So, in short, upsides: Unafraid, frank, sophisticated, well-written. Downsides: A little too unafraid for the beginner, a little too urban for the non-HuffPo reader. If you're the fashionable sort, this would be a good starting book; if you're not the fashionable sort, this would be more of an advanced study.

Recommendation: Go in ready to be amused and a little surprised and a little unsettled, if you're a tyro.

I do indeed notice that O'Shea is also famous for trying to bring back the art of letter writing to a wide audience. As someone who used to write letters ceaselessly, I have some idea of what we've lost, so she's indeed doing the Lord's work here, so to speak.

Sheila Bender

Sheila's book is Keeping A Journal You Love. This, the most densely-written of the three books, dives right in with what she calles the 'Seven Sisters'; writing tactics that are writerly explorations of the world around you. This is a book rich in technique, expressed as a writing teacher might do it. This book supplants this with examples of the journaling and diary techniques of other diarists. The result is almost a manual, a shelf-reference that you can go to again and again, with ideas of how others do it so one can either copy a style until they find their own feet, or combine into something new or useful. Overall it encourages the sort of introspection that diaries are famous for being a laboratory for, with the writerly approach incredibly useful.

Upsides: Thoroughly written, wide-angle field of vision provides for a range of viewpoints and inputs for inspiration, encouraging a writerly approach to the diary. Downsides: might encourage too much introspection, the multiplicity of voices could encourage too much copying and masking of one's own voice.

Recommendation: Better for the absolute tyro than the O'Shea work, but might come off as too dry and intimidating for the newbie. Good to go with as a beginner, but one might find oneself working a bit too hard to find ones own voice amongst all the excellent examples.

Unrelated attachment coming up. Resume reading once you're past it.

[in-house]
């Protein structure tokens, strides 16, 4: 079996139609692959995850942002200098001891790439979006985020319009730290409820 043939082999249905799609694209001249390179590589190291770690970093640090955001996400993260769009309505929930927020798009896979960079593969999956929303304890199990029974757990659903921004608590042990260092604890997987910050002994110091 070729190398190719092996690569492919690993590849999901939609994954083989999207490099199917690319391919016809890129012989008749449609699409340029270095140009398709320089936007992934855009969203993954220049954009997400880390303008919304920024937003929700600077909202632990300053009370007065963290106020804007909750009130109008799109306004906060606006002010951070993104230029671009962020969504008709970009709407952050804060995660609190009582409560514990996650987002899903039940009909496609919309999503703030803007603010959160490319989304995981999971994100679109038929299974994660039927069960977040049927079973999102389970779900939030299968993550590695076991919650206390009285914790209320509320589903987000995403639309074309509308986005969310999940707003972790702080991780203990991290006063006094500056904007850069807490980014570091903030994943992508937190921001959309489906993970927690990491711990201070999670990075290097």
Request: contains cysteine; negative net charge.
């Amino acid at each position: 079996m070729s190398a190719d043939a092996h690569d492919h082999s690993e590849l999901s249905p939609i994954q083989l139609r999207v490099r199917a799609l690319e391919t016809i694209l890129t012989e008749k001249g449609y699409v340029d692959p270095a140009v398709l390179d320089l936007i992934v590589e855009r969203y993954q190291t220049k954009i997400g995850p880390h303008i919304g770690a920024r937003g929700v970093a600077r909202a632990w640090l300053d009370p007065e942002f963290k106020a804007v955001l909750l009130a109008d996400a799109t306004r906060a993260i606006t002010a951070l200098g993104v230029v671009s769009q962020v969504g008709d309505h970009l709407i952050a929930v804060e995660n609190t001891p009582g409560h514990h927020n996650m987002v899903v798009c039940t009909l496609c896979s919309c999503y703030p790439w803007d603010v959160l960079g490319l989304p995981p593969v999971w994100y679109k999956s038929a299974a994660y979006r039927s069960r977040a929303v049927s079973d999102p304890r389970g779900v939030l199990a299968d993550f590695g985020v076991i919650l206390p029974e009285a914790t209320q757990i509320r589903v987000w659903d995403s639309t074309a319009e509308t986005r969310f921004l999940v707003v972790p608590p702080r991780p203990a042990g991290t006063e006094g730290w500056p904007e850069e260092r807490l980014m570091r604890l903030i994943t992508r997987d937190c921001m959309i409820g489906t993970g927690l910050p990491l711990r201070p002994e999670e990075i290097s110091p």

Alexandra Johnson

Lastly we come to the humbly-titled Leaving A Trace: The Art of Transforming A Life Into Stories, by Alexandra Johnson. This takes a seriously deep approach to the art of the diary by drilling down, finding patterns hidden in all journals, and identifying what she calls the 'through line' to your life. The objective is to coax a story from your life, and is useful if you're the kind of journal writer, as I am, who fancies themselves a fiction writer.

The book draws several lines that I'm deeply impressed with. It draws the line between brief and thorough  between short and containing multitudes, and between direct and gentle. It delivers techniques with a breezy air that is still informational, an easy read with a definite message. The techniques come quickly but are friendly, and one can apply them quickly.

Upsides: to me, this book is all upside. Small yet large, simply-written yet informative, it gifts the reader with tactics to create a diary or journal that goes just as far as you want it. If you want to keep it introspective you could; if you want to knit a narrative out of your life and use the lessons to create a more compleat writer out of yourself, it'll take you there too. Downsides: I love this book! I've not stumbled on a real downside yet.

Recommendation: This is the book you should start with if you want to really come up with a diary that will mean something to you. The above two are good, but they're the sort that I think the experienced diarist will want to use to kick it up to the next level. This book is the beginner's book of the three.

03 June 2013

[diary] Reading About Diaries, Collecting Notebooks

2937.I'm currently reading (or have gone through) three books on diary writing by three different authors. I have nothing to say about the now, but will anon.

In the meantime, here's a nifty article by Marie at the blog Presents of Mind that tells of her obsession with collecting notebooks, which is something I do, just a little, myself. A taste: